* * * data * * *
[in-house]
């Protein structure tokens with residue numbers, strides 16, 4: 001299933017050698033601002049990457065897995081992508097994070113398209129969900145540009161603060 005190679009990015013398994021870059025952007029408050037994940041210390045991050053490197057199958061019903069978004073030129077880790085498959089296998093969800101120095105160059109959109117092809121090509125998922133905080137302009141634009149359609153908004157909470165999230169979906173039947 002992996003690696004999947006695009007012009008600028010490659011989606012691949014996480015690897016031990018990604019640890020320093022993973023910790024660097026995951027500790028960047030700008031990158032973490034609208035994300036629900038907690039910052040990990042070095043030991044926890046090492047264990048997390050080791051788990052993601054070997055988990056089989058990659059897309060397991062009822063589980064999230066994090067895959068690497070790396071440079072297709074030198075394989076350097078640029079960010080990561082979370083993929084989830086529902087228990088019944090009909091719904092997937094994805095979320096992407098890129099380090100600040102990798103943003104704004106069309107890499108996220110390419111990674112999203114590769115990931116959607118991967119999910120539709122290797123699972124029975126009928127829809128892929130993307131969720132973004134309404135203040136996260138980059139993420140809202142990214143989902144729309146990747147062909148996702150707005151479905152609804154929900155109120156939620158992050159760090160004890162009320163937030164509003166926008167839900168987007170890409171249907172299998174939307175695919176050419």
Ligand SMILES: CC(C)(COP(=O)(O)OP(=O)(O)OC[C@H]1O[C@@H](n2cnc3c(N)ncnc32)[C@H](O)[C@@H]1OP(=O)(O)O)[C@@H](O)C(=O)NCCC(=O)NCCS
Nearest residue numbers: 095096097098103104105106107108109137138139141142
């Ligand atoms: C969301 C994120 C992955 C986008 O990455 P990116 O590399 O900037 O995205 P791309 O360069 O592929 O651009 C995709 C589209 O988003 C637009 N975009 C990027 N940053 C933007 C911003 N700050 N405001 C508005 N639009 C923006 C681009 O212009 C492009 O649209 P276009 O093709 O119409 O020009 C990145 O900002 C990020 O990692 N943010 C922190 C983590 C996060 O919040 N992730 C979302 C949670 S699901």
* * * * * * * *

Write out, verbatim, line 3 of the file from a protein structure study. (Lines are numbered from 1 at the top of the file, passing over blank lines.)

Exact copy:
Ligand SMILES: CC(C)(COP(=O)(O)OP(=O)(O)OC[C@H]1O[C@@H](n2cnc3c(N)ncnc32)[C@H](O)[C@@H]1OP(=O)(O)O)[C@@H](O)C(=O)NCCC(=O)NCCS